The second quarter of 2014 saw the global DRAM industry value reach US$10.8 billion, an increase of 9% compared to the previous quarter, according to DRAMeXchange, the memory and storage research division of TrendForce.
This impressive growth in value as well as profitability is attributed to the effective product mix adjustments made by the DRAM manufacturers. Of the three major DRAM suppliers, Samsung had the most impressive 2Q14 performance with an operating margin of 39%, followed close behind by SK Hynix with a 38% operating margin. Inotera, a subsidiary of Micron, ended up with the industry’s largest operating margin at 54.6%.
The US based Micron, a key player with influence over the market’s pricing movements, ended up with approximately 26% of the market by the end of 2Q14. Given the DRAM industry's oligopoly structure and a continuously tightening supply, price drops cannot be expected. The DRAM industry value for 2014 is projected to grow by an estimated 36% YoY to US$46.8 billion.
Production Technology Analysis of DRAM Vendors
Samsung’s advances in production technologies resulted in its 25nm yield rate improving to 85% in the second quarter. Thanks to enhanced output growth and the continuously rising contract prices, Samsung’s 2Q14 revenues were able to grow by an estimated 20% compared to the last quarter. The Korean company's 2Q14 operating margins, meanwhile, benefited from lowered manufacturing costs, and reached 39%, the highest among leading DRAM manufacturers.
SK Hynix’s revenues for the entire second quarter were up by only 6% due to limited production yields. However, continued advancements in its 25nm wafer production technology may see its revenues and operating margin, which reached close to 38% in 2Q14, show further improvements in the coming periods.
Micron’s Singapore Tech plant officially made a transition towards NAND flash products during the second quarter of this year and took steps to reduce its total wafer output, with 2Q14 DRAM revenues slightly declining by 2%. Its operating margins ended up at approximately 25.5%, up slightly from the previous quarter thanks to its continuous efforts to transition towards 25nm technology. With development for its 25nm technology continuing and the testing and mass production phase for its 20nm process scheduled to begin in 4Q14 and 1H15, respectively, the US company could effectively shorten the technological gap with its Korean competitors as early as 2015.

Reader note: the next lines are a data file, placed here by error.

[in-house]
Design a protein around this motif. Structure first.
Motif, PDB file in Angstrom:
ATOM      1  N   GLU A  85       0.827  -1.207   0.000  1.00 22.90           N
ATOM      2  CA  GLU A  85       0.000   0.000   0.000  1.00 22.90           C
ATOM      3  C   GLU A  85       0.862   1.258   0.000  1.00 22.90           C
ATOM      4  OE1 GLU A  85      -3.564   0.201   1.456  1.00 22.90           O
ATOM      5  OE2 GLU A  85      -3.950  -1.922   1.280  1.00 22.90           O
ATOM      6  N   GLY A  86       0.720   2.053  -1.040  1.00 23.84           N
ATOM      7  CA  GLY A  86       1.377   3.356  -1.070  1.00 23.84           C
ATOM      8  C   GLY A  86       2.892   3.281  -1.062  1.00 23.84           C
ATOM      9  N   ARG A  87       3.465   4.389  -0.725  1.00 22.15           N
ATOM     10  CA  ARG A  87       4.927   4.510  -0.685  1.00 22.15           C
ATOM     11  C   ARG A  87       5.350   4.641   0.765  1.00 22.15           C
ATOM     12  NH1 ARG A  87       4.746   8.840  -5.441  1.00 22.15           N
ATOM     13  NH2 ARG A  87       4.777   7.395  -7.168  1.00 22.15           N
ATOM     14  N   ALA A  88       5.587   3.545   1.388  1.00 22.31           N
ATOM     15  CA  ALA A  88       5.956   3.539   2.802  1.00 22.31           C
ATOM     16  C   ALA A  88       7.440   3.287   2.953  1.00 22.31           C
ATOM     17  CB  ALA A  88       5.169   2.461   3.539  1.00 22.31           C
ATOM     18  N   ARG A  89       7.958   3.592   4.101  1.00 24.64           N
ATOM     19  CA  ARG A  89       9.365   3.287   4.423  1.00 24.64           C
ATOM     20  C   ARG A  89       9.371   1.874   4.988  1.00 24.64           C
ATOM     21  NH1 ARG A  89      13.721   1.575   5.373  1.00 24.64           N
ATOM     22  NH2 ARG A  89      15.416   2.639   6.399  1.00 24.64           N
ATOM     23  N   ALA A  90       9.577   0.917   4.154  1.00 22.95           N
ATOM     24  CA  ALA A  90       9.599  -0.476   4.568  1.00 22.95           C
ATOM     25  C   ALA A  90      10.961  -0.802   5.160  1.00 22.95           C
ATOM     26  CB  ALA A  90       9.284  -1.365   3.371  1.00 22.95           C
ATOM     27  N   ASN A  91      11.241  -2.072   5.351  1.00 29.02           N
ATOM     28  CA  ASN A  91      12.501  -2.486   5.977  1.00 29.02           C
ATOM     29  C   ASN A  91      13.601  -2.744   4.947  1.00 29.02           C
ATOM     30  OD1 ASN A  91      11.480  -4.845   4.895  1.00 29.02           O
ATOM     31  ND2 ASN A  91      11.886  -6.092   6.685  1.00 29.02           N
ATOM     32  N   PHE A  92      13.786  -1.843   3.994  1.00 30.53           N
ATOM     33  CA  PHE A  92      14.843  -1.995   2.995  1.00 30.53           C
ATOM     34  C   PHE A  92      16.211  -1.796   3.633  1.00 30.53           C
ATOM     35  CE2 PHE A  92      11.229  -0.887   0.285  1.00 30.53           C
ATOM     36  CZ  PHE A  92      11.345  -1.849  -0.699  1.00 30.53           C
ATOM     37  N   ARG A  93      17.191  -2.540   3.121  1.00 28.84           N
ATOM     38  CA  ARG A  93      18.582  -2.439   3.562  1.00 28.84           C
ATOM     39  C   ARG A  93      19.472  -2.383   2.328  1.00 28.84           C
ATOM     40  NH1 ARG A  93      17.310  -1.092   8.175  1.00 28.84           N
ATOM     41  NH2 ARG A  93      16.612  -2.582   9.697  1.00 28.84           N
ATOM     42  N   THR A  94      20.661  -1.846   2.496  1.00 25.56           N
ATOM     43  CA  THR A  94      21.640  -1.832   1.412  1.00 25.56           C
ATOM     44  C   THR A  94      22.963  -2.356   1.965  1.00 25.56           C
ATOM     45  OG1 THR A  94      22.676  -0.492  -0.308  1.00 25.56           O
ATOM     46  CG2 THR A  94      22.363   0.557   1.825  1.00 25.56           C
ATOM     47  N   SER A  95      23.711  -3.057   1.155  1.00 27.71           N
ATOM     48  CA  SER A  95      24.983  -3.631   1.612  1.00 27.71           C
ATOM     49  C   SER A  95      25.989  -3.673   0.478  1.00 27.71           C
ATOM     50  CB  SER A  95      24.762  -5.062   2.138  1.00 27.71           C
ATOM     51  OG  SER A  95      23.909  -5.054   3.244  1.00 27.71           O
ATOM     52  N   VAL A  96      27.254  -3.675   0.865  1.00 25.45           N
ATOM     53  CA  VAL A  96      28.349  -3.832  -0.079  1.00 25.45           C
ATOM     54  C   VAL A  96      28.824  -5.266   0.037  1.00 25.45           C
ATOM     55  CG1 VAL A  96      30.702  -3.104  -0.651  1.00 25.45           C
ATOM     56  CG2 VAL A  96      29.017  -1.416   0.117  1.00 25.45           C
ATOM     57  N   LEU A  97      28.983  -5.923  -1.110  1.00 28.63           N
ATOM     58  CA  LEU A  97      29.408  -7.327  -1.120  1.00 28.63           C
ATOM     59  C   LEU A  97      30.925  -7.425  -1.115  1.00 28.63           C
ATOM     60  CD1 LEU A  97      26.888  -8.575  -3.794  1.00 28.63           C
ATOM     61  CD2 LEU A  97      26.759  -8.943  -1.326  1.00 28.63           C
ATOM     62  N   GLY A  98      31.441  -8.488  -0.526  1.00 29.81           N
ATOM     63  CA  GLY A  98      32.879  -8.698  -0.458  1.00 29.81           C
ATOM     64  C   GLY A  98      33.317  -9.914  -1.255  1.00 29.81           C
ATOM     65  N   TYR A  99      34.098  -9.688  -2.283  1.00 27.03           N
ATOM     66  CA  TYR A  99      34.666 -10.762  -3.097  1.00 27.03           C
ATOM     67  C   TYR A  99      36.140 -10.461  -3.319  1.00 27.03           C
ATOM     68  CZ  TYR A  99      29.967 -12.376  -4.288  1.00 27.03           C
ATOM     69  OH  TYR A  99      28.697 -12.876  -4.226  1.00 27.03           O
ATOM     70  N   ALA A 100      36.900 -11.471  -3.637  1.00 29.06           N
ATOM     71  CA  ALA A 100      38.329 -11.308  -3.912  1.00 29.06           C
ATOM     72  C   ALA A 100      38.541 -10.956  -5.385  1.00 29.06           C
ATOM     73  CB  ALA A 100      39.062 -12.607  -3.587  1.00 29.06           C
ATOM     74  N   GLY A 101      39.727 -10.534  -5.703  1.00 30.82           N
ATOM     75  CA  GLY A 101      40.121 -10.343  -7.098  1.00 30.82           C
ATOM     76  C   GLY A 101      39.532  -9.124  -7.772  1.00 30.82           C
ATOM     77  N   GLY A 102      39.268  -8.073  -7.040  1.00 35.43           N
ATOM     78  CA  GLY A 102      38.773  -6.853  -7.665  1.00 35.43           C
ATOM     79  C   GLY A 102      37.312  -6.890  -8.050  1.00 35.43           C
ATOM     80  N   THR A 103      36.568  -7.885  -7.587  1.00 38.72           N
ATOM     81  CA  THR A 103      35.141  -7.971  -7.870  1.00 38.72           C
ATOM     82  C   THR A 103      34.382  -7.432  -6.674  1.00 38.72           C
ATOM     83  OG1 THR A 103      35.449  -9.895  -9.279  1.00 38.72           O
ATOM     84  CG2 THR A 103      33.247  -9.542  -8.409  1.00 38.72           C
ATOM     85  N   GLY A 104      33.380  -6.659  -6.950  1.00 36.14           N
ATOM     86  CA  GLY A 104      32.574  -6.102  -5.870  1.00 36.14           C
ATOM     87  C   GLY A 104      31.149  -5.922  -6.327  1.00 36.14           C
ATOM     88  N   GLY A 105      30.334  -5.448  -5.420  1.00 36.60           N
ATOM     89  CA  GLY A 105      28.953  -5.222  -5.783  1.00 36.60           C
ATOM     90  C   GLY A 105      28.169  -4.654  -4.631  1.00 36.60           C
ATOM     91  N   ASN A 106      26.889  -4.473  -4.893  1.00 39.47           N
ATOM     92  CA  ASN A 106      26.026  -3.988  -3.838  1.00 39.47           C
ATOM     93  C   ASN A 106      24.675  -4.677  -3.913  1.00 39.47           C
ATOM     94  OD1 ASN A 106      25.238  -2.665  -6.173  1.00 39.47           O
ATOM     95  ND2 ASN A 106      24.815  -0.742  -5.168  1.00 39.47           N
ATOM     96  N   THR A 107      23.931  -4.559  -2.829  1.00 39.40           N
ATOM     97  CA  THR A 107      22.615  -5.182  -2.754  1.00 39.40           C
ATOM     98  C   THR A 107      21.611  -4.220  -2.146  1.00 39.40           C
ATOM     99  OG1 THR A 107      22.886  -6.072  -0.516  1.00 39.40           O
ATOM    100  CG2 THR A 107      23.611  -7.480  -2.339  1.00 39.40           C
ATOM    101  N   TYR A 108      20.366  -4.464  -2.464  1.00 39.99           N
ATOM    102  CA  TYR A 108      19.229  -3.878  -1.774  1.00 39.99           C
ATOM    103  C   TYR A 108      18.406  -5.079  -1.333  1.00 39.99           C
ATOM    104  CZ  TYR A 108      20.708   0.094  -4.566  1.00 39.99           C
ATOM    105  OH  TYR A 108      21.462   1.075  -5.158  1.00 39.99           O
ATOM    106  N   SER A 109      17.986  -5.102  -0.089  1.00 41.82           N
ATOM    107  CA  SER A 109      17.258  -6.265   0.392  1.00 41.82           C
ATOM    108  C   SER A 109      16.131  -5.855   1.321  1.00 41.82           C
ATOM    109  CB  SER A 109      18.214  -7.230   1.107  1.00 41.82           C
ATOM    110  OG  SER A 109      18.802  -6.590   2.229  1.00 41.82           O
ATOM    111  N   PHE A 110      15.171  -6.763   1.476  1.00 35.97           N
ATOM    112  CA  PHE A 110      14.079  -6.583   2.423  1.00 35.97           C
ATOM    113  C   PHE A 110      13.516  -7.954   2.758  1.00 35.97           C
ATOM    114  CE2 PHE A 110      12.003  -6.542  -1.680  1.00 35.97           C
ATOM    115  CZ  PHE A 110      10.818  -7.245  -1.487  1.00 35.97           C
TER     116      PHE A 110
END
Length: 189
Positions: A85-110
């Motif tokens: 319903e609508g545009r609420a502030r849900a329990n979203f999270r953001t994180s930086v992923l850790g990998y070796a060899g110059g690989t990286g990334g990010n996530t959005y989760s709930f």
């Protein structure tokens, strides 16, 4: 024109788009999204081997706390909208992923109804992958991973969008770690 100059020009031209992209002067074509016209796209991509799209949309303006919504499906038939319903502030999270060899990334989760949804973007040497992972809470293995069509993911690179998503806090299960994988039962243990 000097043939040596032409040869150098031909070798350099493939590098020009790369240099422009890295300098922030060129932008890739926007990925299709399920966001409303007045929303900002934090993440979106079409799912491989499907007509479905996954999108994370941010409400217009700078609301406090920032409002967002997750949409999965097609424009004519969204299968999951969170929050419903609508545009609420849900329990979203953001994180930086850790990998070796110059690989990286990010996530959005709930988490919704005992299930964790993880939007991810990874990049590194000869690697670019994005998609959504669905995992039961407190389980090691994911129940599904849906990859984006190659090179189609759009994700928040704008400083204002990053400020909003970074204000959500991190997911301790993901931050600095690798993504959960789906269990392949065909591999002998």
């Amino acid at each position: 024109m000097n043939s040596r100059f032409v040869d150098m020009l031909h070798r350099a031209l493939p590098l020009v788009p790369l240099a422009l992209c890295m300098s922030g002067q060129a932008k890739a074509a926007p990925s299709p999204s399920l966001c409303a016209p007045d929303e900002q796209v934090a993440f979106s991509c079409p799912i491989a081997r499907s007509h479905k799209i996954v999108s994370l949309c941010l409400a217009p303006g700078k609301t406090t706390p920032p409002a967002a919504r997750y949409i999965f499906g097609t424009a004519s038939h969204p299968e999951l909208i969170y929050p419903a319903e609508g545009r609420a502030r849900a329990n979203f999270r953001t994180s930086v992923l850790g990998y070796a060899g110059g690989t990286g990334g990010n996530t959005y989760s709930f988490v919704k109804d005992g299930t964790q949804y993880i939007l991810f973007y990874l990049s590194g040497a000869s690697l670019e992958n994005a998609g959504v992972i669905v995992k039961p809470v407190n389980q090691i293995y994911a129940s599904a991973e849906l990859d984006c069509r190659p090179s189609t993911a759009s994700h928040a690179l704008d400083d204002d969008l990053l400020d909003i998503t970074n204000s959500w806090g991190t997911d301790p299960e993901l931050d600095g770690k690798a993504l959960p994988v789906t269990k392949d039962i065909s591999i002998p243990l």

Taiwanese company Inotera’s performance was the most noteworthy among all DRAM manufacturers thanks to its effective pricing structure and attention to profitable product lines. Not only did their operating margins reach 55% by the end of the second quarter, but their leading position with the 20nm manufacturing process also puts the company ahead of their Taiwanese competitors.
Nanya is currently focusing on producing speciality DRAM as well as working with special module plants on the production of its PC DRAM components. In the second quarter of this year, the company's performance turned out to be relatively stable, with revenues rising by an estimated 2.5% QoQ and operating margins reaching 36%.
Winbond continues to improve sales of its speciality DRAM and small density Mobile DRAM components, experiencing an impressive 10.5% QoQ growth in its overall revenues. The company plans to continue to develop its 46nm manufacturing process. By lowering its manufacturing cost, the company’s 2Q14 operating margins rose to approximately 9.3%.
Powerchip's 2Q14 DRAM revenues rose by approximately 20% from the previous quarter thanks to the growth of the company's foundry business as well as its raised PC DRAM output. As its P3 plant currently still has room for growth, the company is likely to consider a major expansion for its existing wafer production capacity.